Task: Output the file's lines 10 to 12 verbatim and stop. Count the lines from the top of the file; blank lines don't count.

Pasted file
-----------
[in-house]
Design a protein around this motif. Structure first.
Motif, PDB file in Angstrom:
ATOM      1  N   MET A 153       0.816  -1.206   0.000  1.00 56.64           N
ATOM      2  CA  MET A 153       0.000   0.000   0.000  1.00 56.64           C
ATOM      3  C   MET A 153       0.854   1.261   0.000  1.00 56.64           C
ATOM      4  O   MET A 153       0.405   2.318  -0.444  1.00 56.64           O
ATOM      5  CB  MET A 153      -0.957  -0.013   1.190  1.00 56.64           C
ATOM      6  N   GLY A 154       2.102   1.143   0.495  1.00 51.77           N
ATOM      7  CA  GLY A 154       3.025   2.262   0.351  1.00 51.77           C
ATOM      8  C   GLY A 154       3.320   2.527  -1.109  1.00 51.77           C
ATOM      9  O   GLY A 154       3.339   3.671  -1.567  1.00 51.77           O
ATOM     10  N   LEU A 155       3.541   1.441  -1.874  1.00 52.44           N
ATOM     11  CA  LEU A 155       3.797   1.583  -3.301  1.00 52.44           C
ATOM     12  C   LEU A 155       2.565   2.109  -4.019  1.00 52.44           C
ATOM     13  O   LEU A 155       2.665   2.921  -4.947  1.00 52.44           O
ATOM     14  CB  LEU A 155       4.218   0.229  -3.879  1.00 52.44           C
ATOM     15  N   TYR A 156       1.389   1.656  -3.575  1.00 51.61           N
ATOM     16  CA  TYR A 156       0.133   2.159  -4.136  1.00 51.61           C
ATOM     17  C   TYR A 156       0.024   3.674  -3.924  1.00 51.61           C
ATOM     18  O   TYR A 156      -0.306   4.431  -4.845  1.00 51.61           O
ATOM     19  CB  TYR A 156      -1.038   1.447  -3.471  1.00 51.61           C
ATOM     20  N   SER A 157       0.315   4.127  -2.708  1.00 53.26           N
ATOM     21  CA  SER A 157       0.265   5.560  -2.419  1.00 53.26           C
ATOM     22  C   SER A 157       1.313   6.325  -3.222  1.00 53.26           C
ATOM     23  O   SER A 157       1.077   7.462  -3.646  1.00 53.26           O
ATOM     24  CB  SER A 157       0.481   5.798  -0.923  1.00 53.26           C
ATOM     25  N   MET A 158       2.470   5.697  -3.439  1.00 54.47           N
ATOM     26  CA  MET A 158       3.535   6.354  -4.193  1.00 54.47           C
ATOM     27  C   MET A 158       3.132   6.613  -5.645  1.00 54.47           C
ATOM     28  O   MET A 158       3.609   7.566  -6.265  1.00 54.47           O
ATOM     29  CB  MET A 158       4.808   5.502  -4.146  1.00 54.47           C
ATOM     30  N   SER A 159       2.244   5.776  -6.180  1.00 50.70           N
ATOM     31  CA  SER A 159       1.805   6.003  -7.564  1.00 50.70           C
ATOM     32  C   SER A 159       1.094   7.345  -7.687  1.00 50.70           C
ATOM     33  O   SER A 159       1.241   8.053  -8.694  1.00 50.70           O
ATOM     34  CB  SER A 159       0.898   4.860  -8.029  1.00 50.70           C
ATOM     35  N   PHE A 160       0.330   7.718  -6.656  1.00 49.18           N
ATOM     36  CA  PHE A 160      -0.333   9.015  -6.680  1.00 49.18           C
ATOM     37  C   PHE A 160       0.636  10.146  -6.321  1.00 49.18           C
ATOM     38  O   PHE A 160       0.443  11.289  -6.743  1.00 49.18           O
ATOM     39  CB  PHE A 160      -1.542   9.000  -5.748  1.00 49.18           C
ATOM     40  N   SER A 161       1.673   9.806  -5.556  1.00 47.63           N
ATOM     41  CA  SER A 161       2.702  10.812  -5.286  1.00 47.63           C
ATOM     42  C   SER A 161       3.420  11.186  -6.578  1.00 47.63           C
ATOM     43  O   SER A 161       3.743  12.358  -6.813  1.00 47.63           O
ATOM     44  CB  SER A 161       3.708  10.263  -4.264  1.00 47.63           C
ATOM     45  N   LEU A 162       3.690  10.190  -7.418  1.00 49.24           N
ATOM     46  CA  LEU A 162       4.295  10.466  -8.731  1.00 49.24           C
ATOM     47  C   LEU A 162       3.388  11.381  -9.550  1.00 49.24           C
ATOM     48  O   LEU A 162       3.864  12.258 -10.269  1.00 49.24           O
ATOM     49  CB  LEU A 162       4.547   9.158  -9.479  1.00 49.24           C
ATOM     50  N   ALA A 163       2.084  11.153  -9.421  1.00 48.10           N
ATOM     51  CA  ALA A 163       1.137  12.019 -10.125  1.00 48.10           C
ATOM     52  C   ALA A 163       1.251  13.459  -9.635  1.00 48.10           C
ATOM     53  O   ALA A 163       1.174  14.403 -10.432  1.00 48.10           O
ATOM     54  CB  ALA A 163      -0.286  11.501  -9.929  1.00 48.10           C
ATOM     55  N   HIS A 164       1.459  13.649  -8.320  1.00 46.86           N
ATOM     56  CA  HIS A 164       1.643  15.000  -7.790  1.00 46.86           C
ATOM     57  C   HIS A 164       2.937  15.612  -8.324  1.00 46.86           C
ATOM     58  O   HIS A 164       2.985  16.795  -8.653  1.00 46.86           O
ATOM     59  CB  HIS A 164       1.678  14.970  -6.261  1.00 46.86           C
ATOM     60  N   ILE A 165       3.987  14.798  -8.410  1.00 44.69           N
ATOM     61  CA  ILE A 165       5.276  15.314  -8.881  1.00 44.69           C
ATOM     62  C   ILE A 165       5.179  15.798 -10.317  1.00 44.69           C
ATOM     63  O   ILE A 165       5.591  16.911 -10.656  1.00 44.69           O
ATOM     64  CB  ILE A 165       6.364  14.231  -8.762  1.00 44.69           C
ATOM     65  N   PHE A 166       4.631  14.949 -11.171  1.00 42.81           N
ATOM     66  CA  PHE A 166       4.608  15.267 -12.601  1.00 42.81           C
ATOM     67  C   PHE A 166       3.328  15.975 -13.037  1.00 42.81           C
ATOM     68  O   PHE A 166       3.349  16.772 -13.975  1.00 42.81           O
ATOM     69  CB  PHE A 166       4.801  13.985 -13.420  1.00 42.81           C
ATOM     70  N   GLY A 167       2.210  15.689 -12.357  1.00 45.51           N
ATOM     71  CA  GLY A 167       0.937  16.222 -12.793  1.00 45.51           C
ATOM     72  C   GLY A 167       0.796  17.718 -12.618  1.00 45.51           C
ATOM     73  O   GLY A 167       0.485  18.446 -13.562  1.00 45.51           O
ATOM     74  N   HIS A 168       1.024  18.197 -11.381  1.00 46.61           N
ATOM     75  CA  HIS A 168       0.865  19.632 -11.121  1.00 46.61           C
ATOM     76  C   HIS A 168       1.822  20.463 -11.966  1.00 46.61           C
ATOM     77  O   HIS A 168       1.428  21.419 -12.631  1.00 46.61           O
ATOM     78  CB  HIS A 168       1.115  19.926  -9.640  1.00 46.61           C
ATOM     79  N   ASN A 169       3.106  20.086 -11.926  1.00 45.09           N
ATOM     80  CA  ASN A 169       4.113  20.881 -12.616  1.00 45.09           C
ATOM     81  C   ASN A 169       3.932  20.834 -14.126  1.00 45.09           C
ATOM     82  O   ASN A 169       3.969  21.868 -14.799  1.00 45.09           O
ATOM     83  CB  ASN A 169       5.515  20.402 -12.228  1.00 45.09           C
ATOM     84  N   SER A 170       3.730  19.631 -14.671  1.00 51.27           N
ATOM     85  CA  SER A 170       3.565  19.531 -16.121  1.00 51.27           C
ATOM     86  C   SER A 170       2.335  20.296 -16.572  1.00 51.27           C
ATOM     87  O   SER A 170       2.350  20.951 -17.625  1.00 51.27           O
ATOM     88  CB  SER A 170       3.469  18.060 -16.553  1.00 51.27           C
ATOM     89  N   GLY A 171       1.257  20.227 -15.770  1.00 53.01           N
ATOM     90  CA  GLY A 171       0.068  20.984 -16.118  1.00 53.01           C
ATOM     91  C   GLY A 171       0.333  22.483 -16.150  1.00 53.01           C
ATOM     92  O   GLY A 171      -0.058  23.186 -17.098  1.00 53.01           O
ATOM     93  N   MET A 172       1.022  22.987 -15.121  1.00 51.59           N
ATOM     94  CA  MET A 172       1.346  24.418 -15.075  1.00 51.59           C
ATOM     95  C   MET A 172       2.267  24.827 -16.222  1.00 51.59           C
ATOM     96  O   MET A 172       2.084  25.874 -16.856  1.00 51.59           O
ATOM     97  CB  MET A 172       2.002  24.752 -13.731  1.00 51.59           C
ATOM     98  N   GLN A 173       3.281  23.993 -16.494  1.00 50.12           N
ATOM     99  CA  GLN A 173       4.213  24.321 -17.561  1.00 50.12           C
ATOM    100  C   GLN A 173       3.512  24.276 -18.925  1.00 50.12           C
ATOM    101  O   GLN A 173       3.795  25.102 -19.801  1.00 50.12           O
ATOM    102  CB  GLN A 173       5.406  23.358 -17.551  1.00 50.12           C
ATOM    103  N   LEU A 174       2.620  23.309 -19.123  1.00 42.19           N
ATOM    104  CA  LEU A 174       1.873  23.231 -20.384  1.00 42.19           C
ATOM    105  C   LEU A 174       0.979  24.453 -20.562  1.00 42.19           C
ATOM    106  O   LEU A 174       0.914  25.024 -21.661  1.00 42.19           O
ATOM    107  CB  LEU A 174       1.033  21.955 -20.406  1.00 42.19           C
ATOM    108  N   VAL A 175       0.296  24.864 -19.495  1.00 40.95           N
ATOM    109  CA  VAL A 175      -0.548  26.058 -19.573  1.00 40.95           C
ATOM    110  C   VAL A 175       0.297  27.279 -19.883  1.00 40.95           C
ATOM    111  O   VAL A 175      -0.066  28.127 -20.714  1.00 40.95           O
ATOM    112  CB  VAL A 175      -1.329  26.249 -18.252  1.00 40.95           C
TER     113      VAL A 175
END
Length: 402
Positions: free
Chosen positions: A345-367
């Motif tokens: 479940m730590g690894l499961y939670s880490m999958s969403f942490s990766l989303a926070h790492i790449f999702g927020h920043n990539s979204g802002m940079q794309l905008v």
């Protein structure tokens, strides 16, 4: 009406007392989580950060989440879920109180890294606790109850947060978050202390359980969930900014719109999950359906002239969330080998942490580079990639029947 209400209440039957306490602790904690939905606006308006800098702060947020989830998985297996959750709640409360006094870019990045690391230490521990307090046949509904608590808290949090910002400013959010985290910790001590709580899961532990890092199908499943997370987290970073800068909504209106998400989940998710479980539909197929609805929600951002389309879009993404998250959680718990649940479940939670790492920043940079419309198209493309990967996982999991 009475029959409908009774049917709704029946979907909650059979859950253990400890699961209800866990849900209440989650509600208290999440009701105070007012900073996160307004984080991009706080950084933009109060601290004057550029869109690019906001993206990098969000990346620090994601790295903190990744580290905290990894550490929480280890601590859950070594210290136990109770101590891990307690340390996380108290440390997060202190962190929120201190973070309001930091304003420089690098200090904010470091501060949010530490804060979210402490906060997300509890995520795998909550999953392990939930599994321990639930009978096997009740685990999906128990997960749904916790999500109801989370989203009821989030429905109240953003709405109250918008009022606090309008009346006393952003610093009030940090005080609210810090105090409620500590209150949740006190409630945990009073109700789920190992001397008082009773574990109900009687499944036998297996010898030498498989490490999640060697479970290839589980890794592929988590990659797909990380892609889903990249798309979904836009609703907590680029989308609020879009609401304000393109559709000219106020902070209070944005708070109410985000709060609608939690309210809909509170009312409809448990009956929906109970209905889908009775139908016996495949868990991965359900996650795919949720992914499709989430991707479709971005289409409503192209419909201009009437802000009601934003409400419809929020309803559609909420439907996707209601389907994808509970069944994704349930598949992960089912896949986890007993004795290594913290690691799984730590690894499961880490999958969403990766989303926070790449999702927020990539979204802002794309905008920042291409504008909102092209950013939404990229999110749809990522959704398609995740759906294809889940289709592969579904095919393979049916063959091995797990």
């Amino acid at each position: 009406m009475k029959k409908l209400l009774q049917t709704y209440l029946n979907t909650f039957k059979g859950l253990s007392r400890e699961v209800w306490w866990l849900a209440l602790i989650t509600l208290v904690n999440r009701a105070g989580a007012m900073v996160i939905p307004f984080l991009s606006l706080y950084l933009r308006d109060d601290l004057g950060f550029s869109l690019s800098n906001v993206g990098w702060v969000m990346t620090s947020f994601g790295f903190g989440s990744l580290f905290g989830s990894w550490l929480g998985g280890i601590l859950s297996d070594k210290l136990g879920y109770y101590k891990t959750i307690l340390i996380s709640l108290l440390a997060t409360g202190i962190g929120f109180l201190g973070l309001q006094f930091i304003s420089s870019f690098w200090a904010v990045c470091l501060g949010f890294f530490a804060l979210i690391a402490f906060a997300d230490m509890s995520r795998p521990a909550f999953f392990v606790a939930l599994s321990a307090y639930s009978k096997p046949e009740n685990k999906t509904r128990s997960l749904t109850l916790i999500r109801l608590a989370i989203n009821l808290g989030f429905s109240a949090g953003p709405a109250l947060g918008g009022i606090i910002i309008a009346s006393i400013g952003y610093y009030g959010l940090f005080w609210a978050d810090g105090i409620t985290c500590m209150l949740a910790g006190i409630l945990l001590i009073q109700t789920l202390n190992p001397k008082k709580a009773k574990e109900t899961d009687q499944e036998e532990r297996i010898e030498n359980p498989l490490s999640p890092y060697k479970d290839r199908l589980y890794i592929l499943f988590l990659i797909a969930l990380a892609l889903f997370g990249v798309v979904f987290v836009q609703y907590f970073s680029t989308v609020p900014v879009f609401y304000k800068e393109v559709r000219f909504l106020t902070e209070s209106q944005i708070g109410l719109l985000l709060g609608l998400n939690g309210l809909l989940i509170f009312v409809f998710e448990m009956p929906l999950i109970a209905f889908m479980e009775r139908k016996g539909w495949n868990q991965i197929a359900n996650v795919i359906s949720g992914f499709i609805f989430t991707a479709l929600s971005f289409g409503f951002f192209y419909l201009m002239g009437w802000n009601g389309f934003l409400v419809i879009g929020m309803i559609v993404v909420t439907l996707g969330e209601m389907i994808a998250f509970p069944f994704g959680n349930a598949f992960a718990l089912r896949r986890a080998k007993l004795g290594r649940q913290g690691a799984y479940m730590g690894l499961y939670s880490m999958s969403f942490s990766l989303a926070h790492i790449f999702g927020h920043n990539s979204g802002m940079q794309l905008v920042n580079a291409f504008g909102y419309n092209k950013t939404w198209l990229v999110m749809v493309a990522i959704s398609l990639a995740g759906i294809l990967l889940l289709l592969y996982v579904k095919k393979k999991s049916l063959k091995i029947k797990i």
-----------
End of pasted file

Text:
ATOM      7  CA  GLY A 154       3.025   2.262   0.351  1.00 51.77           C
ATOM      8  C   GLY A 154       3.320   2.527  -1.109  1.00 51.77           C
ATOM      9  O   GLY A 154       3.339   3.671  -1.567  1.00 51.77           O